Compensation Claim - DOC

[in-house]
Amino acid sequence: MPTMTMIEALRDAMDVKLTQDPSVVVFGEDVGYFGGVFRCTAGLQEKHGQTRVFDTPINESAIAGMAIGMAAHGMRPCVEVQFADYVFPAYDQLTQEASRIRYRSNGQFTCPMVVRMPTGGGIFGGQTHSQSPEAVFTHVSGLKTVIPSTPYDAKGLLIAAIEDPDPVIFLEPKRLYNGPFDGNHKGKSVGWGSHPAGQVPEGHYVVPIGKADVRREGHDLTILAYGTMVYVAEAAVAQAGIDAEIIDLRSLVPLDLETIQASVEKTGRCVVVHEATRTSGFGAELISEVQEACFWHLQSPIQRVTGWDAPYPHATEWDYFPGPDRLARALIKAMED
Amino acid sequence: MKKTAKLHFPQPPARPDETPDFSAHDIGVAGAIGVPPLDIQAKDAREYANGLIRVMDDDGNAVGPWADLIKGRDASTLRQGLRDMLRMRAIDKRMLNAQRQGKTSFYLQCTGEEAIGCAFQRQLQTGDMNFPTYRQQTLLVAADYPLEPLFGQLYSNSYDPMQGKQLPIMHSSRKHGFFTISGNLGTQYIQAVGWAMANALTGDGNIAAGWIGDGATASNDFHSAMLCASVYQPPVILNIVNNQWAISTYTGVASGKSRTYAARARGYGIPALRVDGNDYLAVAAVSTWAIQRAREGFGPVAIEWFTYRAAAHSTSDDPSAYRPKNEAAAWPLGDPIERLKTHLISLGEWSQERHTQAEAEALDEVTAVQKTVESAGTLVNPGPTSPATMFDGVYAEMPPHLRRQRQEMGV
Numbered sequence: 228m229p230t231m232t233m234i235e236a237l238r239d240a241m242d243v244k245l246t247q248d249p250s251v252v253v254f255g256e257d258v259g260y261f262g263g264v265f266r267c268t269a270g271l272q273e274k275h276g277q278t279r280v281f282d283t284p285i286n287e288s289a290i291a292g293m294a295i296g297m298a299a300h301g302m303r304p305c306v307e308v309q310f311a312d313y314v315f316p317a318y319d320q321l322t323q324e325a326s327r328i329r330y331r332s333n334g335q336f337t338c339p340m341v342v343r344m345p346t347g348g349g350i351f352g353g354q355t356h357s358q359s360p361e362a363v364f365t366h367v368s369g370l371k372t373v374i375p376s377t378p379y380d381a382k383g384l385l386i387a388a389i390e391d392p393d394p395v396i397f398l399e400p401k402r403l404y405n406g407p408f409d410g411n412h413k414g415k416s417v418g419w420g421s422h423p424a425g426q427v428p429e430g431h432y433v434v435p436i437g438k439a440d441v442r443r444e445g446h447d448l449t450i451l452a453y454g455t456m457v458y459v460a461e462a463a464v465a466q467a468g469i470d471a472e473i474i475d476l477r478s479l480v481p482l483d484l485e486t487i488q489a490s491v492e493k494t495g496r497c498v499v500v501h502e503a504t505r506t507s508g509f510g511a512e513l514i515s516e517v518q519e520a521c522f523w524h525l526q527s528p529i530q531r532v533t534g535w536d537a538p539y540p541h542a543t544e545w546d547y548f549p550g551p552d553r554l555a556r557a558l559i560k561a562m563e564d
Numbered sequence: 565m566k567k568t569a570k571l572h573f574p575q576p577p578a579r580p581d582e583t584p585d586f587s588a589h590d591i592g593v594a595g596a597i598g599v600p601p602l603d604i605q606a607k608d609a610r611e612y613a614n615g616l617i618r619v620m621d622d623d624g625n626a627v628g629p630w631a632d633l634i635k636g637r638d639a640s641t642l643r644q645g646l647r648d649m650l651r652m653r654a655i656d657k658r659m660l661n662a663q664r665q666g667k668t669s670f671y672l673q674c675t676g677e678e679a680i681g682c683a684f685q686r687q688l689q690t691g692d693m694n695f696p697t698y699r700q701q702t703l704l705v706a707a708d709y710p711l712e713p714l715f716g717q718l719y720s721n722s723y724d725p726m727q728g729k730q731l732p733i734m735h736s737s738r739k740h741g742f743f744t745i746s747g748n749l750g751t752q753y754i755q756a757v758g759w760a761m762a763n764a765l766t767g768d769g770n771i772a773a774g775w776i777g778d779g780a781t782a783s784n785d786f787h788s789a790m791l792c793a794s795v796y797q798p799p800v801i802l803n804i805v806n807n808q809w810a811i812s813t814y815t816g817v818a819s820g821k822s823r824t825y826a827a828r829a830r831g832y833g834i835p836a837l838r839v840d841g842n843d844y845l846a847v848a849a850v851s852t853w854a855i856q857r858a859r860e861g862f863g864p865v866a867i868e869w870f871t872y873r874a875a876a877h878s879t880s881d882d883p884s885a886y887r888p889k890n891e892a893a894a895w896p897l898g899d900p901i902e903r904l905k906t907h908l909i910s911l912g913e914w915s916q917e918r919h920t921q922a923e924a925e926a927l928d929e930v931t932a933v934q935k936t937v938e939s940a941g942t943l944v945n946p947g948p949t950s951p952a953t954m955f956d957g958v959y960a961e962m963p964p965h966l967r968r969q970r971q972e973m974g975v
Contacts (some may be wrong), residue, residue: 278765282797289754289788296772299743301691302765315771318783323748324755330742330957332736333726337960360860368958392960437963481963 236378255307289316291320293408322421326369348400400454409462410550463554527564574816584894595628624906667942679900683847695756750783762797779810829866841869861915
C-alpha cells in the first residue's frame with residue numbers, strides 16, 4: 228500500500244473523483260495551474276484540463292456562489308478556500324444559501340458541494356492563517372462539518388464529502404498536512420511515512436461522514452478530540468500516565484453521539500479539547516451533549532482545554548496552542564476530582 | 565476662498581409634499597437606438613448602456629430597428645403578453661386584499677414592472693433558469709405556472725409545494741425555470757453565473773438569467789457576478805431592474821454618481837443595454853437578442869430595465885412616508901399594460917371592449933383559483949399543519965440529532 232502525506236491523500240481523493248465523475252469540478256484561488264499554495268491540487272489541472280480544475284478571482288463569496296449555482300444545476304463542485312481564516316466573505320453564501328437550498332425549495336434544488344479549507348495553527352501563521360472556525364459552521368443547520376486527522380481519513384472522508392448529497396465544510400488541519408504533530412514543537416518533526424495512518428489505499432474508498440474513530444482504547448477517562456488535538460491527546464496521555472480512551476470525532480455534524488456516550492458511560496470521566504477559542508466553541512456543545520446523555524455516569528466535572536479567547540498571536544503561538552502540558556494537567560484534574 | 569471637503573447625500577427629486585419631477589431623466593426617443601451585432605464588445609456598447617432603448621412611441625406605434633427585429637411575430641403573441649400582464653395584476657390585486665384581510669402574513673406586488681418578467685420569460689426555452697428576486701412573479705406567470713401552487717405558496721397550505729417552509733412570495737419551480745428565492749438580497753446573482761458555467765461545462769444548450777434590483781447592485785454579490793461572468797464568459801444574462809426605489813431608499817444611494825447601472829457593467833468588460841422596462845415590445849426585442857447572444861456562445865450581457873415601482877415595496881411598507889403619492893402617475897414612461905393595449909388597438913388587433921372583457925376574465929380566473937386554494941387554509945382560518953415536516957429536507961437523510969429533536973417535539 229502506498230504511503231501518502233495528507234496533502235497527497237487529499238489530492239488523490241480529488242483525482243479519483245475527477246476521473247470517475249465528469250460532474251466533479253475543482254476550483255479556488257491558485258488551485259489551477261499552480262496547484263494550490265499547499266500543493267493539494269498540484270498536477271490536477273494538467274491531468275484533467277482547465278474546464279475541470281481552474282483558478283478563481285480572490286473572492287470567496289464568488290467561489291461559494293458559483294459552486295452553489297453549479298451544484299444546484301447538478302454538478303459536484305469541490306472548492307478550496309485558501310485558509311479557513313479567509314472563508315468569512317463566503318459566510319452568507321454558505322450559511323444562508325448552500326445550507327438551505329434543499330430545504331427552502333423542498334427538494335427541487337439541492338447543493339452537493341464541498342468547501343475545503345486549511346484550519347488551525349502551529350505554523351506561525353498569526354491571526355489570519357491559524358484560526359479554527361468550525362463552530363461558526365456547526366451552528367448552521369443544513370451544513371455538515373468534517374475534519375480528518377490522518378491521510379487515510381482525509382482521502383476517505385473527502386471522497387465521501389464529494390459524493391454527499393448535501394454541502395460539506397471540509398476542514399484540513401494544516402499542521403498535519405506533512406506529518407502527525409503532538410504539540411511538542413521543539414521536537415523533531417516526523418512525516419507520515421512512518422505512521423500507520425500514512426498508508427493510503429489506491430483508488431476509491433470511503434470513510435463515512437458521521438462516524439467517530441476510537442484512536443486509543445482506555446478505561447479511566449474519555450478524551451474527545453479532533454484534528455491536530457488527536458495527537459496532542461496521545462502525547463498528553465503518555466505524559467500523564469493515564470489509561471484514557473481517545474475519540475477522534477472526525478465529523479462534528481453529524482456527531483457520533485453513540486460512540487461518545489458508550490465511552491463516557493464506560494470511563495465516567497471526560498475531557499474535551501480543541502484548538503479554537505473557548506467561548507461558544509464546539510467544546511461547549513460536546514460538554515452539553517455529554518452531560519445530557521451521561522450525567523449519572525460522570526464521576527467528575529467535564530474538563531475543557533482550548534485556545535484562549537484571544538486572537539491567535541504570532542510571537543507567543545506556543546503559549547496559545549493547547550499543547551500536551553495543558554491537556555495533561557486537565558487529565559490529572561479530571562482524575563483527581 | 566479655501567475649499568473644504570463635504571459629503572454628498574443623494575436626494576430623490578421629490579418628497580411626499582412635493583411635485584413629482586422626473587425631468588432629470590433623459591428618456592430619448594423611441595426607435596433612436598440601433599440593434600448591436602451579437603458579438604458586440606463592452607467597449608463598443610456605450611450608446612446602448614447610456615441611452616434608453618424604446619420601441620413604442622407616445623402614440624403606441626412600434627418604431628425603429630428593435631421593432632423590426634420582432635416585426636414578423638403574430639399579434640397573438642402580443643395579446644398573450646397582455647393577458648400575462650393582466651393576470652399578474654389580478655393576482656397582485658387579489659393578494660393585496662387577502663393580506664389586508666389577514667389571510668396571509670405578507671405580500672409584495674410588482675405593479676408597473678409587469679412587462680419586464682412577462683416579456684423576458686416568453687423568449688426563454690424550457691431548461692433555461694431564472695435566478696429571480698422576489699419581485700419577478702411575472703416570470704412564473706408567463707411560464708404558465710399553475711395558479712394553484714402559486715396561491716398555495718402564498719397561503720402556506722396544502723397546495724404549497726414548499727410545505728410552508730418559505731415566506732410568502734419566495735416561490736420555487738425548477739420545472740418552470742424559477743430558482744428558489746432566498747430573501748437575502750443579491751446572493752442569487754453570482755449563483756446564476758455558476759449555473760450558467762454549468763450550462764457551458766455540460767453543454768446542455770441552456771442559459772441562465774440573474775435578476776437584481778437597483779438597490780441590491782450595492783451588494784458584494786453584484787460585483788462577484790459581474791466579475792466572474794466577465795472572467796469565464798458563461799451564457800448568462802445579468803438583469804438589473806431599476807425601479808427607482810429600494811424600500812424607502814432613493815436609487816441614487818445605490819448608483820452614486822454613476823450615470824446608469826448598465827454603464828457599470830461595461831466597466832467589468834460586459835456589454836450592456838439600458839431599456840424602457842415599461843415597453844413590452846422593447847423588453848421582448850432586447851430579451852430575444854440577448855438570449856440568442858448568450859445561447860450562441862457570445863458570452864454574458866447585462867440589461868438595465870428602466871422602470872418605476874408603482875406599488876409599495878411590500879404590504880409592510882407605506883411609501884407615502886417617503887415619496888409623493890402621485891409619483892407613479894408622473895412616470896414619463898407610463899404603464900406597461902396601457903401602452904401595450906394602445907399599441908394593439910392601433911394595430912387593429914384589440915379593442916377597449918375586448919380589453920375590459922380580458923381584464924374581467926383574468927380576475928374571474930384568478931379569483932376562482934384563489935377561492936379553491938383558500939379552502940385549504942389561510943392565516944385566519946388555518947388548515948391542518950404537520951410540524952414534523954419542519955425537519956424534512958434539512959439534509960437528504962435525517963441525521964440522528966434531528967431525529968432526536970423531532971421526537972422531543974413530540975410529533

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Compensation Claims Contents Employers' duties What kind of claims may be made? The tort of negligence Tort of breach of statutory duty Civil liability exclusions Conditions to be met for breach of statutory duty Defences against a claim Contributory negligence "Violenti" rule Vicarious liability - when the employee is negligent Strict liability - when the employer is not negligent Limitations on timescales for claims Damages Procedures when a claim is made Letter of claim Information that defendants must disclose The three "tracks" Winning the cases Role of insurance Training Lists of relevant legislation Further informationCompensation claims In the event of an incident, the injured person is increasingly likely to make a claim for compensation, whether they are an employee or not. It is important that safety practitioners and managers understand the legal principles behind personal injury claims and know how best to defend and win them. Employers' duties Employers must comply with: The requirements of the Civil Procedures Rules (as amended by the Woolf reforms) The Employers' Liability (Compulsory Insurance) Act 1969 under which it is compulsory to have employers' liability insurance. These are in addition to the requirement to comply with the Health and Safety at Work, etc Act 1974 and all health and safety regulations, under which claims may also be made. In practice Legal principles governing claims (Page 19 of website guidance – compensation claims) Duty of care The fundamental starting point for most personal injury claims was established in the groundbreaking case of Donoghue v Stevenson (1932). This is the famous ‘snail in the bottle’ case which established that a duty of care is owed to our ‘neighbours’. The case described neighbours as being those who we could ‘reasonably foresee’ could be affected by our ‘acts and omissions’. Typical neighbour relationships include: Employer to its employees Employer to others' employees Employer to contractor Occupier to authorised visitors Occupier to unauthorised visitors, eg. trespassers Employer to members of the public. The common law duty of care owed by an employer to its employees was further defined in the case of Wilson's and Clyde Coal Co v English (1938). In particular the case considered the personal nature of the duty. In this case, the employer was compelled by law to employ a colliery agent who was in charge of safety in the mine. Nonetheless, when an accident occurred, the employer was held liable. The case decided that the employer's duty of care to his employees was personal to the employer and could not be delegated to a manager or safety advisor - In other words, the common law duty of care established in Donoghue v Stevenson is primary and cannot be transferred to someone else, diluted, or delegated to employees. The case went on to say that employers must provide: A safe place of work and equipment Safe systems of work Reasonably competent employees. In addition if the employer knows an employee has a condition that makes that makes them more susceptible to injury, or makes the consequences or injury more severe than usual, extra precautions must be taken. Consequently, employers must take into account any significant ‘special needs’ in an employee and take extra precautions. Employees with ‘special needs’ include (depending on the circumstances): Young and inexperienced workers Pregnant employees Employees with learning difficulties Employees with a medical condition or disabled workers Actions under common law for work-related stress are now successful, so employers today must take into account mental wellbeing as well as physical wellbeing. What kind of claims may be made? (Page 29 of website guidance – compensation claims) In practice, the law of tort will be used to bring claims. "Tort" means a wrongdoing in civil law. Two particular torts are usually used when someone brings a claim for personal injury. These are the tort of negligence and the tort of breach of statutory duty. These two torts are often used together and this is commonly referred to as a "double-barrelled" claim. The tort of negligence A claim for compensation based upon the tort of negligence requires three conditions to be proved by the claimant as follows: 1. A duty of care must be owed by the defendant to the claimant. 2. The duty of care must have been breached. 3. The injury or loss suffered by the claimant must have been due to the breach of duty of care. There are some points to note about these three conditions in practice. Tort of breach of statutory duty An alternative route when making a claim for personal injury is for the claimant to show the defendant was in breach of a relevant statute and therefore liable to pay compensation. Civil liability exclusions Not all statutes can be used in a civil claim. Notably, the main sections of the Health and Safety at Work, etc Act 1974 cannot be used because of the civil exclusions clause at s.47 of the Act. This essentially means that breaches of these statutory provisions cannot be used to make a compensation claim. There used to be exclusions in the Management of Health and Safety at Work Regulations 1999, but these were removed in October 2003. The Management of Health and Safety at Work Regulations 1999 retain an exclusion for "persons not in employment" eg. members of the public who therefore still cannot cite the regulations in making a civil claim. Otherwise regulations on health and safety can be used without restriction. Conditions to be met for breach of statutory duty It is important to note that a breach of a statute is not sufficient on its own to prove the tort of breach of statutory duty in a civil claim. The following conditions must be fulfilled: The statute cited must apply to be claimant, for example an employee must use a statute which applies to employees, and a member of the public must use a statute which applies to the public. The statute cited must have been designed to prevent the type of injury incurred by the claimant. For example the Control of Substances Hazardous to Health Regulations 2002 (COSHH) are unlikely to be suitable in a case where the injury relates to manual handling. (Page 39 of website guidance – compensation claims) The statute must have been breached. If there has been a prosecution by the appropriate enforcing authority, this may aid the claimant's case. The injury must have been caused by the breach of statute. This is often referred to as the causation rule. For example, was the claimant's hearing loss due to a breach of the Control of Noise at Work Regulations 2005 by their employer, or was it due to the claimant attending pop concerts in their own time? Defences against a claim A number of possible defences may be applicable to a particular case. The claimant might not be able to show negligence or breach of statutory duty. For example, the employer did take reasonable care of his employee, or the injury sustained was not due to a breach by the employer. Contributory negligence One of the more important defences is that of ‘contributory negligence’. This is based on the Law Reform (Contributory Negligence) Act 1945 which states that if claimants are partly to blame for an accident through their own negligence, then the amount of compensation should be reduced. For example, if claimants failed to wear protective clothing issued to them, or if they did not follow procedures or protocols, then they may be open to a charge of contributory negligence and the damages award may be reduced or even withheld. Where it can be shown that the injury sustained was due to the sole fault of the claimant, the defendant will not be liable at all. "Violenti" rule The use of violenti non fit injuria is often misunderstood as a potential defence in compensation claims. The term means that the employee has consented to the risks at his or her workplace. The "violenti" rule once predominated but it is no longer a realistic defence in most cases today. Vicarious liability - when the employee is negligent In some situations an employer is liable for the negligence of its employees with respect to some other person being injured. This is referred to as vicarious liability. The key conditions for this liability to third parties are that: The employee must have been negligent The employee must have been acting in the course of employment, in other words acting on behalf of the employer. Strict liability - when the employer is not negligent In other situations the employer is liable even though it has not been negligent. This is often referred to as ’strict liability’. The Employers' Liability (Defence Equipment) Act 1969 says that where an employee is injured using equipment that has a latent defect, the employer will be liable even though they may have taken all the necessary steps to ensure the equipment was obtained from a reputable supplier. It will be up to the employer, not the injured employee, to pursue the manufacturer through the courts in a counter claim. Limitations on timescales for claims (Page 49 of website guidance – compensation claims) Any action for personal injury or death must be commenced within three years from the date of the accident. This comes from the Limitation Act 1980 and from the Prescription and Limitations (Scotland) Act 1973. In some cases it may be difficult to ascertain a precise date when an injury was sustained, for example noise-induced deafness. In these cases the date when the claimant became aware of the injury may be used. This often relates to the date of diagnosis by a medical practitioner. In the case of a death, the Fatal Accident Act 1976 allows close relatives to make a claim on behalf of the deceased. Damages Damages can be considerable and there are two broad types. Pecuniary: these involve monetary losses such as loss of earnings, medical and travel expenses. Non-pecuniary: these involve compensation for pain and suffering and loss of amenity such as changes to lifestyle. Procedures when a claim is made New rules were put in place in 1999 following Lord Woolf's enquiry into the reasons why the legal system for dealing with claims was slow and unfair. The new rules made it clear that litigation should be a last resort and introduced a number of ’pre- action protocols’ to provide for the early exchange of information. Parties who fail to comply with the protocols can be penalised by the courts. A summary of the intended sequence of events is as follows. Letter of claim received. Defendant must reply (at least acknowledge) within 21 days. Claim investigated. Admit liability and settle out of court. Deny liability either completely or partially. Relevant documentation disclosed. A ‘statement of truth’ must be signed by someone from the defendant's organisation. Letter of claim Following the decision to make a claim, the claimant must send two copies of a standard ‘letter of claim’ to the defendant. The letter contains information relating to the general circumstances of the claim including the nature of any accident, a description of injuries sustained and the documents which the claimant would like to be disclosed. The defendant must acknowledge the letter of claim within 21 days. If the defendant does not reply within this timescale, the claimant will be entitled to begin legal proceedings. (Page 59 of website guidance – compensation claims) The court will take into account the fact that the defendant did not follow the protocol's rules. This puts an important onus on companies who may be named as defendants to react quickly to letters of claim. They must therefore have the necessary procedures in place in order to facilitate this prompt action. Information that defendants must disclose Following the initial acknowledgement by the defendant of the letter of claim, the defendant has three months to investigate the claim before replying. The protocols set out in some detail specific information that defendants must disclose. For workplace injury claims this includes: Accident book entries First aid reports Supervisor's report Reporting of Injuries, Diseases and Dangerous Occurrences Regulations 1995 (RIDDOR) report to the enforcing authority. Where specific regulations apply, the protocols require additional documents to be produced. For example, in respect of the Management of Health and Safety at Work Regulations 1999 the following should be disclosed: Pre-accident risk assessment required by regulation 3 Post-accident risk assessment required by regulation 3 Accident investigation report Health surveillance records required by regulation 6. In cases where the Control of Substances Hazardous to Health Regulations 2002 (COSHH) are relevant, a similar disclosure of documentation is required by the protocols. This includes: The risk assessment carried out to comply with the requirements of regulations 6 Documentation relating to the maintenance of personal protective equipment. For claims involving the Workplace (Health, Safety and Welfare) Regulations 1992, the documents required to be disclosed include: Repair and maintenance records required by regulation 5 Housekeeping records to comply with regulation 9. The message for companies is clear. If they are unable to produce the relevant documentation it may harm their case. If they have complied with the law, they must keep the appropriate records to be able to prove it. The three "tracks" In situations where the pre-action protocols do not result in agreement or settlement, the case will be allocated to one of three "tracks" as follows. 1. Small claims track jurisdiction with a financial limit of £5, 000 2. A fast track for relatively straightforward cases up to £15, 000 with strictly limited timetables set up by the court. (Page 69 of website guidance – compensation claims) 3. A multi-track for cases over £15, 000 providing hands-on management by judicial teams. It is hoped that this system will ensure speedy settlements of cases and that positive direction and management of cases by the courts will help bring cases to a conclusion. Winning the cases Employers and other defendants need to consider carefully their approach to civil claims if they are to win more claims, and reduce the accompanying costs of accidents, including insurance premiums. The collection of evidence on the whole range of positive actions that may have taken place on health and safety is necessary, making an increase in record keeping and consequent bureaucracy inevitable. The following points may comprise a sensible strategy in order to win more claims and to deter others. Be proactive about health and safety. Generate a positive health and safety culture. Ensure health and safety is a high priority alongside other key business objectives. Keep records and make sure they are up to date and retrievable. Remember people with ‘special needs’ such as young people or those with relevant medical conditions. Be scrupulous on recruitment and ensure that having a positive attitude to health and safety is a criterion for the job. Include health and safety as a personal performance appraisal issue. Use discipline where necessary for breaches of health and safety procedures and protocols. Train staff, especially managers and senior managers. Role of insurance Most employers are required to have insurance by virtue of the Employers' Liability (Compulsory Insurance) Act 1969. Exemptions include a number of public sector bodies such as government departments. A current certificate of insurance must be displayed. An insurance excess may be agreed with your insurance company and this may help to keep the premium manageable. This insurance is designed to provide at least a minimum level of cover in the event of accidents/incidents and consequent claims by employees. Cover must be at least £5 million. Copies of certificates of insurance must be kept for at least 40 years. These can be kept as paper copies or electronically. The Health and Safety Executive enforces the law on employers' liability insurance. Employers without insurance can be fined up to £2500 for each day they do not have suitable insurance. (Page 79 of website guidance – compensation claims) Public liability insurance is designed to give cover in the event of claims by non-employees Training Managers and other relevant staff must be given training in the Woolf protocols for dealing with claims. This training should include the need for claims to be dealt with quickly, (within no more than 21 days). Lists of relevant legislation Management of Health and Safety at Work Regulations 1999 Limitation Act 1980 Fatal Accident Act 1976 Health and Safety at Work, etc Act 1974 Law reform (Contributory Negligence) Act 1945 Employers' Liability (Compulsory Insurance) Act 1969 Employers' Liability (Defective Equipment) Act 1969 Civil Procedures Rules (as amended by the Woolf reforms) Further information The following are available from www.hsebooks.co.uk HSE39 Employers' Liability (Compulsory Insurance) Act 1969: a Guide for Employees and Their Representatives HSE40 (rev 1) Employers' Liability (Compulsory Insurance) Act 1969: a Guide for Employers (Page 89 of website guidance – compensation claims)